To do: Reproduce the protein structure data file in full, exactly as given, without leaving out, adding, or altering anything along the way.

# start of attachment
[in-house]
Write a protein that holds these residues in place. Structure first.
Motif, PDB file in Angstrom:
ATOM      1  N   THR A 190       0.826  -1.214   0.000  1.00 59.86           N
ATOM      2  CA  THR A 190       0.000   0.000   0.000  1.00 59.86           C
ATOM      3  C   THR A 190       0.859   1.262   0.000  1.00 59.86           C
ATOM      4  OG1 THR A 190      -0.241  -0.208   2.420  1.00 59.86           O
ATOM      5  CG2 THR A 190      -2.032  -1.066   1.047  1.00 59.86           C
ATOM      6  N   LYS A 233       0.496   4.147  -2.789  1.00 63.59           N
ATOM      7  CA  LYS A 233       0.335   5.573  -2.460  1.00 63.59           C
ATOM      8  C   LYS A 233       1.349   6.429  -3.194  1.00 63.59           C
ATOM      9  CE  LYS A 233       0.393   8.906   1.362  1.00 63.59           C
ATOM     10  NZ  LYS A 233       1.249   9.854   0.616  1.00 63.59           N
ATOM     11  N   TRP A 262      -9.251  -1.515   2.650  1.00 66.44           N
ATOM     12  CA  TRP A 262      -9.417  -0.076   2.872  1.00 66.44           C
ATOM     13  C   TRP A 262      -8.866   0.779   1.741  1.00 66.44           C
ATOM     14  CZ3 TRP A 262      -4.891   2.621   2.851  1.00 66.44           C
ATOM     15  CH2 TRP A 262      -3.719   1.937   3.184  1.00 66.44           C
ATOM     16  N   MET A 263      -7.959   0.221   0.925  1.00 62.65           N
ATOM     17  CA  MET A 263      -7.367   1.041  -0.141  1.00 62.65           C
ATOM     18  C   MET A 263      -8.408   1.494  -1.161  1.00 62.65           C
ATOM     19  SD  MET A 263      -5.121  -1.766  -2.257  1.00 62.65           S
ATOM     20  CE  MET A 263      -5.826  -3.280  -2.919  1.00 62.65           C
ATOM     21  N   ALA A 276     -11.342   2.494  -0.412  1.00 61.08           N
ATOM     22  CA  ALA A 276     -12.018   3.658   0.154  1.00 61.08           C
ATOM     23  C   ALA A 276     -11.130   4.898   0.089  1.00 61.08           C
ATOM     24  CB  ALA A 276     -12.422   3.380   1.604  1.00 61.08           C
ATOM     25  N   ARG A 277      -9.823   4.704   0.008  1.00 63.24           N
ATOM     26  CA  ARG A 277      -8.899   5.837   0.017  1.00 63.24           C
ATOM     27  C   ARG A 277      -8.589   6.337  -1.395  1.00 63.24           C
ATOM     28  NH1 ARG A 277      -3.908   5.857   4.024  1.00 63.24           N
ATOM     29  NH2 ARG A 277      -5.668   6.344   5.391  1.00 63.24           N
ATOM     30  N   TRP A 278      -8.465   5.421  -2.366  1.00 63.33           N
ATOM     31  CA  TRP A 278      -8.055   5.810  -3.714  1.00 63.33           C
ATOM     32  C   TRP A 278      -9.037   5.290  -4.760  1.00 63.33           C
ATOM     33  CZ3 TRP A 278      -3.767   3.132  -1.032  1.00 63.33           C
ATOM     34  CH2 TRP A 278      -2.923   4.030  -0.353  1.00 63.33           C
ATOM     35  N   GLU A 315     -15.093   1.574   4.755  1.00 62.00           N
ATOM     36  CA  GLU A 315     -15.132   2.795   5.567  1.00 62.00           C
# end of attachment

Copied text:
[in-house]
Write a protein that holds these residues in place. Structure first.
Motif, PDB file in Angstrom:
ATOM      1  N   THR A 190       0.826  -1.214   0.000  1.00 59.86           N
ATOM      2  CA  THR A 190       0.000   0.000   0.000  1.00 59.86           C
ATOM      3  C   THR A 190       0.859   1.262   0.000  1.00 59.86           C
ATOM      4  OG1 THR A 190      -0.241  -0.208   2.420  1.00 59.86           O
ATOM      5  CG2 THR A 190      -2.032  -1.066   1.047  1.00 59.86           C
ATOM      6  N   LYS A 233       0.496   4.147  -2.789  1.00 63.59           N
ATOM      7  CA  LYS A 233       0.335   5.573  -2.460  1.00 63.59           C
ATOM      8  C   LYS A 233       1.349   6.429  -3.194  1.00 63.59           C
ATOM      9  CE  LYS A 233       0.393   8.906   1.362  1.00 63.59           C
ATOM     10  NZ  LYS A 233       1.249   9.854   0.616  1.00 63.59           N
ATOM     11  N   TRP A 262      -9.251  -1.515   2.650  1.00 66.44           N
ATOM     12  CA  TRP A 262      -9.417  -0.076   2.872  1.00 66.44           C
ATOM     13  C   TRP A 262      -8.866   0.779   1.741  1.00 66.44           C
ATOM     14  CZ3 TRP A 262      -4.891   2.621   2.851  1.00 66.44           C
ATOM     15  CH2 TRP A 262      -3.719   1.937   3.184  1.00 66.44           C
ATOM     16  N   MET A 263      -7.959   0.221   0.925  1.00 62.65           N
ATOM     17  CA  MET A 263      -7.367   1.041  -0.141  1.00 62.65           C
ATOM     18  C   MET A 263      -8.408   1.494  -1.161  1.00 62.65           C
ATOM     19  SD  MET A 263      -5.121  -1.766  -2.257  1.00 62.65           S
ATOM     20  CE  MET A 263      -5.826  -3.280  -2.919  1.00 62.65           C
ATOM     21  N   ALA A 276     -11.342   2.494  -0.412  1.00 61.08           N
ATOM     22  CA  ALA A 276     -12.018   3.658   0.154  1.00 61.08           C
ATOM     23  C   ALA A 276     -11.130   4.898   0.089  1.00 61.08           C
ATOM     24  CB  ALA A 276     -12.422   3.380   1.604  1.00 61.08           C
ATOM     25  N   ARG A 277      -9.823   4.704   0.008  1.00 63.24           N
ATOM     26  CA  ARG A 277      -8.899   5.837   0.017  1.00 63.24           C
ATOM     27  C   ARG A 277      -8.589   6.337  -1.395  1.00 63.24           C
ATOM     28  NH1 ARG A 277      -3.908   5.857   4.024  1.00 63.24           N
ATOM     29  NH2 ARG A 277      -5.668   6.344   5.391  1.00 63.24           N
ATOM     30  N   TRP A 278      -8.465   5.421  -2.366  1.00 63.33           N
ATOM     31  CA  TRP A 278      -8.055   5.810  -3.714  1.00 63.33           C
ATOM     32  C   TRP A 278      -9.037   5.290  -4.760  1.00 63.33           C
ATOM     33  CZ3 TRP A 278      -3.767   3.132  -1.032  1.00 63.33           C
ATOM     34  CH2 TRP A 278      -2.923   4.030  -0.353  1.00 63.33           C
ATOM     35  N   GLU A 315     -15.093   1.574   4.755  1.00 62.00           N
ATOM     36  CA  GLU A 315     -15.132   2.795   5.567  1.00 62.00           C